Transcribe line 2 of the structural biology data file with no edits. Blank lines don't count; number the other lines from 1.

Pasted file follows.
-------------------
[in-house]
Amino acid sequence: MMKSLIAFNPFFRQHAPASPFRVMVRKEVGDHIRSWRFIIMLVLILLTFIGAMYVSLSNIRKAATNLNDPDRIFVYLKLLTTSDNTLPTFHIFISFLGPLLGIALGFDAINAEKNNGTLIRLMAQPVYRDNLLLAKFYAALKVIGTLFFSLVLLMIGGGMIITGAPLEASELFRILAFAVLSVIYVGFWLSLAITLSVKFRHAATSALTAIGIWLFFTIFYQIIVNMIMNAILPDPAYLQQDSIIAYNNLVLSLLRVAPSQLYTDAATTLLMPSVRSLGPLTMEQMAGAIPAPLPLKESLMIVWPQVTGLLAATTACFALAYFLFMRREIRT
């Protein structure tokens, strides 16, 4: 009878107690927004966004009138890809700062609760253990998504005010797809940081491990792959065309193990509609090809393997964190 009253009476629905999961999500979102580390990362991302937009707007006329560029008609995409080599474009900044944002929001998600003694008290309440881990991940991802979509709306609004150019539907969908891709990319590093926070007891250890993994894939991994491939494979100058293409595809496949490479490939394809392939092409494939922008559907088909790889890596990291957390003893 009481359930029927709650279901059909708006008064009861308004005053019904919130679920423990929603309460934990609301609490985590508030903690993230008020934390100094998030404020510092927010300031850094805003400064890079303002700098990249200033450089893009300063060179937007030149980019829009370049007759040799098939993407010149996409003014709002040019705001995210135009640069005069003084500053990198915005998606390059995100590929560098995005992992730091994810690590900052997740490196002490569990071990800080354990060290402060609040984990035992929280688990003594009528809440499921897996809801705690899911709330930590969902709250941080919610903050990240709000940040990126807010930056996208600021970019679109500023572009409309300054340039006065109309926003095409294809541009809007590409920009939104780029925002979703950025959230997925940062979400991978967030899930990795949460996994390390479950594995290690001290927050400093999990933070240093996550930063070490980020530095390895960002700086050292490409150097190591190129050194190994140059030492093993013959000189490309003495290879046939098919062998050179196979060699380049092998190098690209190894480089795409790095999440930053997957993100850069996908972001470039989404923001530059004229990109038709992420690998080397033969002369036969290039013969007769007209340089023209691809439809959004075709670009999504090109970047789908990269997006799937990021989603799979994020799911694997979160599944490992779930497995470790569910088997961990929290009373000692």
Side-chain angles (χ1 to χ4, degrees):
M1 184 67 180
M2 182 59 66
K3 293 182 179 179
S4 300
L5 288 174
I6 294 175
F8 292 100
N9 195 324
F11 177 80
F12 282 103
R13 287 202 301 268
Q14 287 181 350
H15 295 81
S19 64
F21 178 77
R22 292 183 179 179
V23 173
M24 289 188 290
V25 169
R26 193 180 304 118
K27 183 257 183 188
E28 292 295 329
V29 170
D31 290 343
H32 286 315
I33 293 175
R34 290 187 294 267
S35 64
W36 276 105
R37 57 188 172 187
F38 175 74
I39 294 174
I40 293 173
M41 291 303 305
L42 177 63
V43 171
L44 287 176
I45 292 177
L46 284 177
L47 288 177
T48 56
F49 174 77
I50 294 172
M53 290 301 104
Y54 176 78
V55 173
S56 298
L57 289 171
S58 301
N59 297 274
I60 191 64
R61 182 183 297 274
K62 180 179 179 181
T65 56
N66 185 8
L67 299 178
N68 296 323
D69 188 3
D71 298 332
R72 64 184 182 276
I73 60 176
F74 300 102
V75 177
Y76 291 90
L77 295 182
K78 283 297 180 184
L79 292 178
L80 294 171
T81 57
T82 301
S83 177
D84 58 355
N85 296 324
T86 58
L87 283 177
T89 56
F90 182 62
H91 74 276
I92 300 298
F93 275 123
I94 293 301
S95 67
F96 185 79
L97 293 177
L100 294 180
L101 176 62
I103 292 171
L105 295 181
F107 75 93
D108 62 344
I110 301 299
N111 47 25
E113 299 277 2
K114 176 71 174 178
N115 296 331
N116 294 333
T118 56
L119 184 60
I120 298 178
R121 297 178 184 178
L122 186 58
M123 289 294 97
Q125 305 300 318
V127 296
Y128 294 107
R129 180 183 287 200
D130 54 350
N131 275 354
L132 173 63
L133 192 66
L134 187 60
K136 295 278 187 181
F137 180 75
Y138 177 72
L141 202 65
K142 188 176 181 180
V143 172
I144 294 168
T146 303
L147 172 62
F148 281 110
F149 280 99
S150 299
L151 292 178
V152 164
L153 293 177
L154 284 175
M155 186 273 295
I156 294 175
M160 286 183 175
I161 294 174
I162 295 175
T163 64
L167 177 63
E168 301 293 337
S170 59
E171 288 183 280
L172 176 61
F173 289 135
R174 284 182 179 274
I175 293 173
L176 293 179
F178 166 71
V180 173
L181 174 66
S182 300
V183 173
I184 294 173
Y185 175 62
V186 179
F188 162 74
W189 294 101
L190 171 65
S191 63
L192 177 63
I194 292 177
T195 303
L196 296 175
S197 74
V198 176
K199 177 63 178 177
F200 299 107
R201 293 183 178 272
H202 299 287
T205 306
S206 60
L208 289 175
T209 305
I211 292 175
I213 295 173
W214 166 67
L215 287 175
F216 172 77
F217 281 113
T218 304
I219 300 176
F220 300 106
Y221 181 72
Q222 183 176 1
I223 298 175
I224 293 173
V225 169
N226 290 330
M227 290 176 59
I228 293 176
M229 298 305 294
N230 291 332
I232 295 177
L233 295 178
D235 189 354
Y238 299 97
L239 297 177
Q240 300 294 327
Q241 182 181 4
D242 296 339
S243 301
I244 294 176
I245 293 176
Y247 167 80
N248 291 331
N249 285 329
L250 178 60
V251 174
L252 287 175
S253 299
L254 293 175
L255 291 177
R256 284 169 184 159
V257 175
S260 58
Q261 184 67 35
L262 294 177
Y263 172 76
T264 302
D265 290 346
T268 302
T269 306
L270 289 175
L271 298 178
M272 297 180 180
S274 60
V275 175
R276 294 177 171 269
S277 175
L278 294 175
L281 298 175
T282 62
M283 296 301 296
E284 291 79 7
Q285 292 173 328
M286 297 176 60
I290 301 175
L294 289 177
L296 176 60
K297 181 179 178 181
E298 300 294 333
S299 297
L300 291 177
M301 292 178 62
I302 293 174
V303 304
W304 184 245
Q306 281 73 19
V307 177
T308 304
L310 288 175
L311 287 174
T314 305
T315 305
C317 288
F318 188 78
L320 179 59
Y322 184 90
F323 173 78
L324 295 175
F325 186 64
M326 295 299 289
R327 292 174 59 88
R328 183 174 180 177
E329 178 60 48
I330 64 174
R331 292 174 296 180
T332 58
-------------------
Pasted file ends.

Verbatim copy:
Amino acid sequence: MMKSLIAFNPFFRQHAPASPFRVMVRKEVGDHIRSWRFIIMLVLILLTFIGAMYVSLSNIRKAATNLNDPDRIFVYLKLLTTSDNTLPTFHIFISFLGPLLGIALGFDAINAEKNNGTLIRLMAQPVYRDNLLLAKFYAALKVIGTLFFSLVLLMIGGGMIITGAPLEASELFRILAFAVLSVIYVGFWLSLAITLSVKFRHAATSALTAIGIWLFFTIFYQIIVNMIMNAILPDPAYLQQDSIIAYNNLVLSLLRVAPSQLYTDAATTLLMPSVRSLGPLTMEQMAGAIPAPLPLKESLMIVWPQVTGLLAATTACFALAYFLFMRREIRT